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It’s the position and charge of the IRS to collect taxes, no matter what the current tax brackets are or who is currently subjected to those rates.
That being said, as an employees of the Department of the Treasury and a taxpayer myself, I readily observe what the House is planning on doing regarding the expiring year-end tax cut bill.
On December 2nd, House Democrats pushed for and managed to pass legislation that sees the 2001 Bush era tax cuts permanently extend for most middle class incomes but not for those who earn over $250,000 annually. The bill now must pass the GOP-controlled Senate floor, where it is not expected to be approved unless major modifications are made.
White House spokesman Robert Gibbs issued this statement after the vote:
“The President continues to believe that extending middle class tax cuts is the most important thing we can do for our economy right now and he applauds the House for passing a permanent extension. But, because Republicans have made it clear that they won’t pass a middle class extension without also extending tax cuts for the wealthy, the President has asked (Office of Management and Budget) Director Lew and (Treasury) Secretary Geithner to work with Congress to find a way forward. Those discussions started just yesterday and are continuing this afternoon. The talks are ongoing and productive, but any reports that we are near a deal in the tax cuts negotiations are inaccurate and premature.”
So things are stalled in the bicameral Congress, which is in no way surprising. As far as real dollars, assuming the bill stays somewhat intact, what do these tax cuts mean for you and I?
Some background on the $1.3 trillion tax cuts in effect since 2001. Tax rates were brought down 3 to 5 percent across the board in all income brackets, the estate tax was phased out, the so-called marriage penalty was reduced (not a penalty in of itself but a term used to describe a situation where couples filing together are subjected to greater taxation than if they were to file separately as single individuals) and the Child Tax Credit was doubled from $500 to $1,000 per child.
As far as the numbers go, if the tax cut expires for couples earning more than $250 thousand annually ($200 thousand for single earners), they can expect to pay an estimated $8,000 more per year in taxes, which would increase revenue by an expected $7 billion.
So should the higher earners among us get a tax break, or are they expected to shoulder a greater burden? Many individuals have less money, a few have more. It would stand to reason that since the vast majority of Americans fall into middle class incomes, a tax hike for them would be more damaging than the same tax increase on the wealthy.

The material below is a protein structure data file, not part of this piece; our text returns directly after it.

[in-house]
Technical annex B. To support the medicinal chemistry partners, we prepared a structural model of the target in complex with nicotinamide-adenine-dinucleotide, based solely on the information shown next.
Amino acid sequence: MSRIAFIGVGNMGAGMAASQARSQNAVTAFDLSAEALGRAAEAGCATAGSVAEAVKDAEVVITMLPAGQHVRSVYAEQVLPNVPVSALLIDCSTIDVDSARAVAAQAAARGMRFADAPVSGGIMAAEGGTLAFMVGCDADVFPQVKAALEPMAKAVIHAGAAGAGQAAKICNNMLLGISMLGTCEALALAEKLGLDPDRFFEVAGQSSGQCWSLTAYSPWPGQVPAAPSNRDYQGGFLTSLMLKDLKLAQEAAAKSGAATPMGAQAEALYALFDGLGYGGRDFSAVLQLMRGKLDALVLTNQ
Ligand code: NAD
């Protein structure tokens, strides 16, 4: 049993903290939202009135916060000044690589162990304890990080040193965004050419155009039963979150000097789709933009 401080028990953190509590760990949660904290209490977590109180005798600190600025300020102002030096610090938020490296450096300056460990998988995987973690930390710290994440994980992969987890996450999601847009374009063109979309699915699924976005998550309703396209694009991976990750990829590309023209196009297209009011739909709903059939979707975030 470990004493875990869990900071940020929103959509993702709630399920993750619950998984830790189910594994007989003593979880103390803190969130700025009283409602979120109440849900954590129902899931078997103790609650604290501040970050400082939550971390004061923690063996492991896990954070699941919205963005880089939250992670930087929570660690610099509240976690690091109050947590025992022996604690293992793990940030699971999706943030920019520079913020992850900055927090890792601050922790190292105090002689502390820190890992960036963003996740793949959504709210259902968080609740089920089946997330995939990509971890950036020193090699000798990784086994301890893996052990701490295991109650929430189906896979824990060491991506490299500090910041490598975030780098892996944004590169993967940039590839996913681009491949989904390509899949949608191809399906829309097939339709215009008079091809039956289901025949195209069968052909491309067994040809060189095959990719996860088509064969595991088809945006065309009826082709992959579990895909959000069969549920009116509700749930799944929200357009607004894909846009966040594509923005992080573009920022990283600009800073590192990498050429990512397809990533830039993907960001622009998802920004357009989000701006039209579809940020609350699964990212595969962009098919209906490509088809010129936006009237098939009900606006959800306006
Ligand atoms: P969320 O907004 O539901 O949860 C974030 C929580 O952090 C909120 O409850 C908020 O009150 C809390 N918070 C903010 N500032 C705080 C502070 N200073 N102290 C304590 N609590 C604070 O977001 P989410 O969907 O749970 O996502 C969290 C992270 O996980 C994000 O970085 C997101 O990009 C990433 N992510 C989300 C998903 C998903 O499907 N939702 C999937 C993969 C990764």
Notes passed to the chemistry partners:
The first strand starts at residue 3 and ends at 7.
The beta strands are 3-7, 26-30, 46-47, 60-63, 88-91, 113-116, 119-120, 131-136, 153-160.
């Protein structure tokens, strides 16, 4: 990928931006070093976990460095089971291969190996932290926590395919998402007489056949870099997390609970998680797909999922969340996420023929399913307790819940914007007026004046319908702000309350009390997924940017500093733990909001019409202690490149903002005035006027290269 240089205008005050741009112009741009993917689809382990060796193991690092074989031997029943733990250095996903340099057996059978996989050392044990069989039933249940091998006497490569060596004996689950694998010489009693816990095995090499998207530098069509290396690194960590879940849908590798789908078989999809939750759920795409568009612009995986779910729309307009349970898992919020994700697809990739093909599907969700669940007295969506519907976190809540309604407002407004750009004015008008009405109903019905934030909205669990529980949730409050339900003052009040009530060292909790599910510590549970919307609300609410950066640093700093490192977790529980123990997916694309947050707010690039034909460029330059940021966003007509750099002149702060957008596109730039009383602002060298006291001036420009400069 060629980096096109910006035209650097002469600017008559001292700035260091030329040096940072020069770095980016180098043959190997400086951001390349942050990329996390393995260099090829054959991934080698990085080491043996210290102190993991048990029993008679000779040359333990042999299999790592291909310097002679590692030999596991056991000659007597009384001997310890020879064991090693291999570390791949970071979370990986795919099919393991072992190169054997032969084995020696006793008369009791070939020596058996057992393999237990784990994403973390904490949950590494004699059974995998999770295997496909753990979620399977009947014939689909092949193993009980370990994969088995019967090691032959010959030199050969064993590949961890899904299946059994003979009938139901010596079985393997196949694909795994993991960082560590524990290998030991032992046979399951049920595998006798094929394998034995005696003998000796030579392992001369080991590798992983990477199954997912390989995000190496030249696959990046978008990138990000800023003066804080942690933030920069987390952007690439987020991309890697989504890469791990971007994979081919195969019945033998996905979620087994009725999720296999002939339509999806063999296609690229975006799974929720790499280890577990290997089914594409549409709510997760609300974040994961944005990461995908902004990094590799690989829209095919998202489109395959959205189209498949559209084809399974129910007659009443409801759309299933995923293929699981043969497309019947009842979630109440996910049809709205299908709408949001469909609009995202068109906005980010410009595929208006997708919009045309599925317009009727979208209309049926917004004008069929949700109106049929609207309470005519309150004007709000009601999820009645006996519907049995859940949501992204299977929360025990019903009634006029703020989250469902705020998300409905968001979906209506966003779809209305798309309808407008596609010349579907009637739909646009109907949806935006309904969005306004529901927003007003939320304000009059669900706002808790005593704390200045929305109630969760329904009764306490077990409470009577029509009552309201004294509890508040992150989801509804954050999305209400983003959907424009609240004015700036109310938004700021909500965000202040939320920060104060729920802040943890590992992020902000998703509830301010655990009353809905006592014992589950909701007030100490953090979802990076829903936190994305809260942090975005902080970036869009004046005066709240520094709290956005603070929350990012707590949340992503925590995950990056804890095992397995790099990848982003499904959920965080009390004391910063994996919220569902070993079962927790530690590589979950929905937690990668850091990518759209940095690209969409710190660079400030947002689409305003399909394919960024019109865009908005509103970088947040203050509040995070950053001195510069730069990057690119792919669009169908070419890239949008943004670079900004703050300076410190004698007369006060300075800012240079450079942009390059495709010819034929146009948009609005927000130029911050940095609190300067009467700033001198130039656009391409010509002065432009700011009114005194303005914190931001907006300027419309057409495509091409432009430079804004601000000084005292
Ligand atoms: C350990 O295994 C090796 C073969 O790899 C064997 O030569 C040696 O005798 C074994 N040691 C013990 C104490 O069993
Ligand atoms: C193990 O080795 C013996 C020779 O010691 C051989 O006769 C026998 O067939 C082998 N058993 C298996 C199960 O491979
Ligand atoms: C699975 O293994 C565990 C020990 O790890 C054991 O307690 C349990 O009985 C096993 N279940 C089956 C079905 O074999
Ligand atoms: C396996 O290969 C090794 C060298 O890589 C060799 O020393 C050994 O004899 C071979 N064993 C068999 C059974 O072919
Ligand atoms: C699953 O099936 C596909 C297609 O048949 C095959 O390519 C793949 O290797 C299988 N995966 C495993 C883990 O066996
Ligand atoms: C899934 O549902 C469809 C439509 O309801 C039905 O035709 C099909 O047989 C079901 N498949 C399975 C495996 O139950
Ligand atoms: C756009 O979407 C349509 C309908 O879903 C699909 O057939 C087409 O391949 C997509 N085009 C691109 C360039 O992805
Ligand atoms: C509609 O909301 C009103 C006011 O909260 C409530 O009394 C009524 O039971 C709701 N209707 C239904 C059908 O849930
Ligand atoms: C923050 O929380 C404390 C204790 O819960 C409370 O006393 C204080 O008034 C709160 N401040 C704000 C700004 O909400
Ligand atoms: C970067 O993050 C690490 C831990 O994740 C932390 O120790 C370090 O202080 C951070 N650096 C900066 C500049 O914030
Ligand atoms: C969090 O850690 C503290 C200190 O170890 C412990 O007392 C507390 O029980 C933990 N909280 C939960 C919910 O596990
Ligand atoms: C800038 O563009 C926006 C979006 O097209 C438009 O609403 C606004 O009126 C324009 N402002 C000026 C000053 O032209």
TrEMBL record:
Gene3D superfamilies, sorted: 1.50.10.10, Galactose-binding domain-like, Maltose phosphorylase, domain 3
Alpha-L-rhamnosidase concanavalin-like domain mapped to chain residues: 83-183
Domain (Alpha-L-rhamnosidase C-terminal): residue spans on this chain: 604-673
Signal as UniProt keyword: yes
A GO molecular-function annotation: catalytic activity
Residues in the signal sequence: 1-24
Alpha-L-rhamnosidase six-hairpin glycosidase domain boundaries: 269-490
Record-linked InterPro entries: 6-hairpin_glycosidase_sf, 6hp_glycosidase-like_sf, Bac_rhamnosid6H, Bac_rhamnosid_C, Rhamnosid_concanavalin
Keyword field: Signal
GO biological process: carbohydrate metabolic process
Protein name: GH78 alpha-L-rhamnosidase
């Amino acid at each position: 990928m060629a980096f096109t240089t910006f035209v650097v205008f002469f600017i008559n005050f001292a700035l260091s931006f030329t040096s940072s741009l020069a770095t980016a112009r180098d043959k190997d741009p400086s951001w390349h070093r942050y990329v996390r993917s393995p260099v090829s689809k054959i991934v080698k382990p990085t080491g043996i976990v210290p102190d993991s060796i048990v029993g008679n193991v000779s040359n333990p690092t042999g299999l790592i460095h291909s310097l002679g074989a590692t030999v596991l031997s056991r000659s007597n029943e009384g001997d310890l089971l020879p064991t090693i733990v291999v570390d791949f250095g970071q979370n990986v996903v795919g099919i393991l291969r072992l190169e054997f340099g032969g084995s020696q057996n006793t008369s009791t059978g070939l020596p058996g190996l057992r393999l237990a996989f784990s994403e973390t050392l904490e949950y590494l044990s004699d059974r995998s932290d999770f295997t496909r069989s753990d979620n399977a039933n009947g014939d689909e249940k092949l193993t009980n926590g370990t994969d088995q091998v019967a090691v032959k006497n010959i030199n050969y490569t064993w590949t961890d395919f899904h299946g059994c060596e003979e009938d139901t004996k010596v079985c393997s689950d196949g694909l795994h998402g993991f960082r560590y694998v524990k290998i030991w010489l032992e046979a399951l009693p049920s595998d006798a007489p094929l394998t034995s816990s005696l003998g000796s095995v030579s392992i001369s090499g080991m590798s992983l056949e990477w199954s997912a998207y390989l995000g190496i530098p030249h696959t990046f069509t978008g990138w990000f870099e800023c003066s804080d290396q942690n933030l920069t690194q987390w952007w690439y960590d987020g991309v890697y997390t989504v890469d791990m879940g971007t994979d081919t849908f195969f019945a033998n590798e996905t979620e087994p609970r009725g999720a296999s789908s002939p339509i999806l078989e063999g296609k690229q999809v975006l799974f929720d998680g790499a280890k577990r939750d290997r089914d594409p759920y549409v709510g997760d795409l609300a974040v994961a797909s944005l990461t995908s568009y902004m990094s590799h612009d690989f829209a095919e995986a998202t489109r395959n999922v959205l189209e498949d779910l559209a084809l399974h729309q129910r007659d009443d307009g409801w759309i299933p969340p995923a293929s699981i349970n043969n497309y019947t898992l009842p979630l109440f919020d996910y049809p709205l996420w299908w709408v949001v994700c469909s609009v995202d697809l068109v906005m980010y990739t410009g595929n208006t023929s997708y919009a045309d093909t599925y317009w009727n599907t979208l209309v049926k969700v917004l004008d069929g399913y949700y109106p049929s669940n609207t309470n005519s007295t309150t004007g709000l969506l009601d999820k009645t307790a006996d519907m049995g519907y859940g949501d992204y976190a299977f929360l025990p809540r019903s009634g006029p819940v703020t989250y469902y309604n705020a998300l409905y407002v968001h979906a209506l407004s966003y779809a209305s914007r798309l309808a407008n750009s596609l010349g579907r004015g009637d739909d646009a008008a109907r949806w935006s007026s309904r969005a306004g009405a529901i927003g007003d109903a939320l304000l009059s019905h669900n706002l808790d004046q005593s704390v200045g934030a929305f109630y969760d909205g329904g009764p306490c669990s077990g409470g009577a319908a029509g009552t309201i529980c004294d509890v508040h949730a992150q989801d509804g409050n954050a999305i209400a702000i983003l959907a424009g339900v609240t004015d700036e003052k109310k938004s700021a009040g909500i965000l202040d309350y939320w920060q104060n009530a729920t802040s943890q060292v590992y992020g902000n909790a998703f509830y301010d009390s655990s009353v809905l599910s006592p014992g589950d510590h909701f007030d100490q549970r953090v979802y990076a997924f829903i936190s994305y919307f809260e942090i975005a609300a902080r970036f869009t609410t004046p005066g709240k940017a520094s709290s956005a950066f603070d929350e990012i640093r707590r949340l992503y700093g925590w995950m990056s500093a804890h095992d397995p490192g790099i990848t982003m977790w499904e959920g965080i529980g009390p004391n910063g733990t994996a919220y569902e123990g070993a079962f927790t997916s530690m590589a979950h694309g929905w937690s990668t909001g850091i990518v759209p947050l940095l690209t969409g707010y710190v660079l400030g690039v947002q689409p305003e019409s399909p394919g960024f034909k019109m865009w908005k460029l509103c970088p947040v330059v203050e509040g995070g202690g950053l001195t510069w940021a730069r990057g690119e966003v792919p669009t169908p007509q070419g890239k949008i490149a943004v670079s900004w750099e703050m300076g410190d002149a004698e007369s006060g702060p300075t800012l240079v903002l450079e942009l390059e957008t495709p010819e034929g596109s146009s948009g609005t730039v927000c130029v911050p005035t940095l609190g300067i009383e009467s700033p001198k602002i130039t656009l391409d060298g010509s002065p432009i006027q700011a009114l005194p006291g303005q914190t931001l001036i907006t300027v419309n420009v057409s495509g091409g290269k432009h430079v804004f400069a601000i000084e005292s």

What about small businesses? How does the tax cut extension affect them?
Be aware that the same thresholds apply to small businesses. Only approximately 2 percent of all small businesses yield more than $250,000 in annual pass-through income. So it’s unlikely that any expiration of the tax cut would impact your business as it stands now.
Too, it’s important to understand what the definition of a small business is. For tax purposes, the category of small businesses is not necessarily a family owned or a sole proprietor main-street type mom & pop store. In fact, many wealthy ‘businesses’ are not truly businesses as all. They could be individuals who have structured their incomes in such a way so that taxes are reduced through the establishment of entities like shareholder corporations, estates, partnerships, trusts, hedge funds and the like.
What about the trickle-down initiative? Aren’t tax cuts to the wealthy designed to be reinvested into the economy and thus filter down to the middle class? Perhaps, but they don’t. According to reports by the Congressional Budget Office, for every dollar in tax cuts as little as ten cents is returned to the struggling economy.
For the most part, the Bush tax cuts will remain in effect for the majority of us, leaving a few extra bucks in our wallets and leaving us to ponder the movements of Congress.
More From This Contributor:
Do I Qualify for the IRS Earned Income Tax Credit?
Who is Your Dependent?
Who Pays the Alternative Minimum Tax?